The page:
It might only be four songs, but there have been few as vigorous work-outs for neck muscles and hips than There Will Be Time, the new EP from US indie rockers Me Like Bees. Feet and voices too are easily involved and pushed to their lusty limited by the quickly addictive offering from the Joplin, Missouri quartet. The EP is quite simply a summer’s party in the ears and an excuse for the spirit to find something to smile about in any day.
Formed in 2009, Me Like Bees has devoured the American landscape over the years playing hundreds of shows across states. Equally from the release of their self-titled EP in 2011 through their acclaimed debut album The Ides two years later, the band has had only keen attention and a lively growing fan-base for their virulent indie rock/pop proposals. That same year saw the band begin the route to winning the Ernie Ball Music Man Battle of the Bands whilst 2015 was marked by Me Like Bees playing a leg of the Van’s Warped Tour. More success and eager spotlights are sure to turn the way of the band this year with the release of There Will Be Time alone. Recorded with award-winning producer, John Feldmann (Five Seconds of Summer, The Used, Panic! at the Disco, Goldfinger, Good Charlotte, Plain White T’s), the EP just infests ears and emotions, infects the psyche and body, and takes the listener on a tenaciously contagious ride.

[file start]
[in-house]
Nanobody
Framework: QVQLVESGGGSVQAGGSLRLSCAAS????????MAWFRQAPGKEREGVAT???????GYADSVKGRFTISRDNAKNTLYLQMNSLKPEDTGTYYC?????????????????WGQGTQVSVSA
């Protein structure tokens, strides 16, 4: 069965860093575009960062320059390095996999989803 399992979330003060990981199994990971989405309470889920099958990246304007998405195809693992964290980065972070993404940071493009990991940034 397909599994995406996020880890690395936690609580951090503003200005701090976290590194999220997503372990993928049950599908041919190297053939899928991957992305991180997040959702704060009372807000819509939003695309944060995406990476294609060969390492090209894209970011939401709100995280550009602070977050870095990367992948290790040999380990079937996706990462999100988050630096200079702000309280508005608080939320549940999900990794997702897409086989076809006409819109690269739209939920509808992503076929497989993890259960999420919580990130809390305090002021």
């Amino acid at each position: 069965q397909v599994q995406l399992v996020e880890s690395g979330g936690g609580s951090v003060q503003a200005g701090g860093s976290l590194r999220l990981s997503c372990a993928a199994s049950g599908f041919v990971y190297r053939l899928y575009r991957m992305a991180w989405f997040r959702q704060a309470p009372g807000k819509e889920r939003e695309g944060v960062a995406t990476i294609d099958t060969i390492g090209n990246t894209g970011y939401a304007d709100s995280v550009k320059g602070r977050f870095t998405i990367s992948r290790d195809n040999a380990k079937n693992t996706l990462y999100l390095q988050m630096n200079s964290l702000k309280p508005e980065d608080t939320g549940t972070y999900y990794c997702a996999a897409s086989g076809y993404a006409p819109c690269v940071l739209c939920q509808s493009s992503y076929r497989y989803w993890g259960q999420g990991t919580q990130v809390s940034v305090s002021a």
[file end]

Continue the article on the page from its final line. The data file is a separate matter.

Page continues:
Opening with Changes, band and release instantly have a wiggly body and attentive ears on its hands, the song flirting with harmonies and melodic jangles as keys add their smiling spice to the coaxing. The engaging tones of vocalist Luke Sheafer simply add to the tempting as the darker lure of Nick Bynum’s bass prowls with mischief in its intent. The song’s swing is relatively gentle but becoming more tenacious as twists and turns grip the transfixing encounter, Timothy Cote’s beats a pungent incitement to the web of melodies and jangles cast by the guitars of Pete Burton and Luke Sheafer. Like a mix of Billy Momo, Arcade Fire, and Late Cambrian, the track simply enslaves before Tundraland slips in with voice and melody as another rich enticement.
A folk pop vivacity fuels the second song, though as with the first, the band weaves an array of flavours into their seriously catchy drama of sound and persuasion. Again vocals are as impressive and potent at whipping up attention and eager involvement as the vibrant sounds around them; a blend producing the kind of pop ‘n’ roll that given the chance will have crowded landscapes bouncing.
The EP’s title track is the next to seduce ears; vocals and an acoustic romancing the first kiss as an array of wispy and flirtatious sounds are glimpsed around them before throbbing beats bring the full creative heart of the song into full view. Even at its broadest moment the song is a bubbling smoulder but equally as infuriatingly and yes thrillingly catchy as anything on the release before drifting away for the excellent Southern twanged folk rock stomp of Hymns and Blues. Again check for a pulse if anyone listening to it is not bouncing in their seats or on their feet, the track a Class A addictive stirring up of bodies and spirit; a feel good factor does not even cover it.
It is a brilliant end to an equally invigorating and exciting proposition. There has been a few releases we suggest have the summer soundtrack written all over them, but There Will Be Time has put most if not all in the shade.
The There Will Be Time EP is released April 8th through most online stores.
Pete RingMaster 07/04/2016
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